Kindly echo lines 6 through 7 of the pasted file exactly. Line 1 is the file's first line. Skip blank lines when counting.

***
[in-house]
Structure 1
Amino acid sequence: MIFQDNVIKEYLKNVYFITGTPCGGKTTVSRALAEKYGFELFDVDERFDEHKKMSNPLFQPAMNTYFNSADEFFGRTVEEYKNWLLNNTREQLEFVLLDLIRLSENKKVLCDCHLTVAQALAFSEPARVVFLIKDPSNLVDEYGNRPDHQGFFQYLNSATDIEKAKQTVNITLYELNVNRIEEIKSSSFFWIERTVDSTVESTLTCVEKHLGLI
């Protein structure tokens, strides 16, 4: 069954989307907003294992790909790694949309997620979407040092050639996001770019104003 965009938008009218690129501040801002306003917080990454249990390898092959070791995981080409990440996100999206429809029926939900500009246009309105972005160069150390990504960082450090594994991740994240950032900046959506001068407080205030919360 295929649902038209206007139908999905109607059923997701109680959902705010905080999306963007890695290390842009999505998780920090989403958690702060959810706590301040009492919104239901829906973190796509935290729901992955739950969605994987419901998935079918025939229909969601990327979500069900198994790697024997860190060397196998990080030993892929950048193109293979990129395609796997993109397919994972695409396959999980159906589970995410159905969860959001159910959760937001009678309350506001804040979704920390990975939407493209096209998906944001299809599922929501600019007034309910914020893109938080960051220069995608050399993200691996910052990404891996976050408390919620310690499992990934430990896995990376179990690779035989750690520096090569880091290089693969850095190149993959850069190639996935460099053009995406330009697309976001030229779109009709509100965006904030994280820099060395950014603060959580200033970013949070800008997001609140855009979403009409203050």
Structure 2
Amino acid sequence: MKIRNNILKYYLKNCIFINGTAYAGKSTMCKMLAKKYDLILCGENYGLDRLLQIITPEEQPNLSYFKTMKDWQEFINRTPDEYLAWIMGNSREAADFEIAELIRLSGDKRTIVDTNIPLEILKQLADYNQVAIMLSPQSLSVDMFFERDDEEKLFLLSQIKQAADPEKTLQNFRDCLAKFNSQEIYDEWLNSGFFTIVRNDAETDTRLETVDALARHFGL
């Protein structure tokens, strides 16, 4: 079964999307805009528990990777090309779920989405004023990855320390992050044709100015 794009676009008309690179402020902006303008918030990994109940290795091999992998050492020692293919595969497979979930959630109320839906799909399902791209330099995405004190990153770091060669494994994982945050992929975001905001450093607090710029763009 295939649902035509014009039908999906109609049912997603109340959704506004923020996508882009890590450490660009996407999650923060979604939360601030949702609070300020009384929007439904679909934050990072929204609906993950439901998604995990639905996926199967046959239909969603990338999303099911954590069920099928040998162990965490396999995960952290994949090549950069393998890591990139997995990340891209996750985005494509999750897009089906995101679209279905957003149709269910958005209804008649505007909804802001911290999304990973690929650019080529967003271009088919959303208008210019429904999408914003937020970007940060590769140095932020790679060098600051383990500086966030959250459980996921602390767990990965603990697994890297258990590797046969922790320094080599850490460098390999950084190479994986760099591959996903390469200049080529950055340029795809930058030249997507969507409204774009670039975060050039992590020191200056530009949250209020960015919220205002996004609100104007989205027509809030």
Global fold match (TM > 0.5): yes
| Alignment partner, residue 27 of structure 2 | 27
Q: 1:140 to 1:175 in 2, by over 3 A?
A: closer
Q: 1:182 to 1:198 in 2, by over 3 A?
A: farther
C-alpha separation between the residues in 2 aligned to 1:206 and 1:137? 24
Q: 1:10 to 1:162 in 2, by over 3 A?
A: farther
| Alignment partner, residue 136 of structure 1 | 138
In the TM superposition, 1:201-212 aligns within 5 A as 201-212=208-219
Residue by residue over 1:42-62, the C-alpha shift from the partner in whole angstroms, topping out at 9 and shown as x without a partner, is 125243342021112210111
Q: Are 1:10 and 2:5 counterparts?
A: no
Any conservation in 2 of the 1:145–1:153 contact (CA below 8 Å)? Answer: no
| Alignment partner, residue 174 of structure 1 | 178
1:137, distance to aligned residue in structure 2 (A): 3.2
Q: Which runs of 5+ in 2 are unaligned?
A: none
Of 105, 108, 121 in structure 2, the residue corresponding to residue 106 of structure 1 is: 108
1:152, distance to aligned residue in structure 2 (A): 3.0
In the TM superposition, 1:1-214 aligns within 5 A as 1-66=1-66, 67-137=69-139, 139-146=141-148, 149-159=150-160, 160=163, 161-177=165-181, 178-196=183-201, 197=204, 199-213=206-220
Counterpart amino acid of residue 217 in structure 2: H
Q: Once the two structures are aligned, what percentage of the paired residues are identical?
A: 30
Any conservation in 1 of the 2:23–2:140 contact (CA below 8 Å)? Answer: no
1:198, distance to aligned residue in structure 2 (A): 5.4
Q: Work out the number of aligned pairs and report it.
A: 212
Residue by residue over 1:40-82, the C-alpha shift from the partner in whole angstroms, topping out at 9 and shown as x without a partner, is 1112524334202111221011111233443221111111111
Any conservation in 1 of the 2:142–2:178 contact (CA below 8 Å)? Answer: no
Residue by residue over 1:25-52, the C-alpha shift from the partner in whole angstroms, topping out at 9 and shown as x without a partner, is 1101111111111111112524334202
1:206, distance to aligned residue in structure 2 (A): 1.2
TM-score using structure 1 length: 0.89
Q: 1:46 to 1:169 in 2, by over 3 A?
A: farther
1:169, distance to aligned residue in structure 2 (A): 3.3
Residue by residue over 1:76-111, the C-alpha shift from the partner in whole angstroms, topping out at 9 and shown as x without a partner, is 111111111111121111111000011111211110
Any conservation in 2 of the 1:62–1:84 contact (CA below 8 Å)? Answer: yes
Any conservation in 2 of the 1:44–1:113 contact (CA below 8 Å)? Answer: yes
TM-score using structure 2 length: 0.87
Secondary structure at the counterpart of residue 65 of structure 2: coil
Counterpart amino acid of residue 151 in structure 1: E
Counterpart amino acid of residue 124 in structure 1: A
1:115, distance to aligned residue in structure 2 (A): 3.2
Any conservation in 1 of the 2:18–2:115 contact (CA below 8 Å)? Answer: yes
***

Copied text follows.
Amino acid sequence: MKIRNNILKYYLKNCIFINGTAYAGKSTMCKMLAKKYDLILCGENYGLDRLLQIITPEEQPNLSYFKTMKDWQEFINRTPDEYLAWIMGNSREAADFEIAELIRLSGDKRTIVDTNIPLEILKQLADYNQVAIMLSPQSLSVDMFFERDDEEKLFLLSQIKQAADPEKTLQNFRDCLAKFNSQEIYDEWLNSGFFTIVRNDAETDTRLETVDALARHFGL
């Protein structure tokens, strides 16, 4: 079964999307805009528990990777090309779920989405004023990855320390992050044709100015 794009676009008309690179402020902006303008918030990994109940290795091999992998050492020692293919595969497979979930959630109320839906799909399902791209330099995405004190990153770091060669494994994982945050992929975001905001450093607090710029763009 295939649902035509014009039908999906109609049912997603109340959704506004923020996508882009890590450490660009996407999650923060979604939360601030949702609070300020009384929007439904679909934050990072929204609906993950439901998604995990639905996926199967046959239909969603990338999303099911954590069920099928040998162990965490396999995960952290994949090549950069393998890591990139997995990340891209996750985005494509999750897009089906995101679209279905957003149709269910958005209804008649505007909804802001911290999304990973690929650019080529967003271009088919959303208008210019429904999408914003937020970007940060590769140095932020790679060098600051383990500086966030959250459980996921602390767990990965603990697994890297258990590797046969922790320094080599850490460098390999950084190479994986760099591959996903390469200049080529950055340029795809930058030249997507969507409204774009670039975060050039992590020191200056530009949250209020960015919220205002996004609100104007989205027509809030």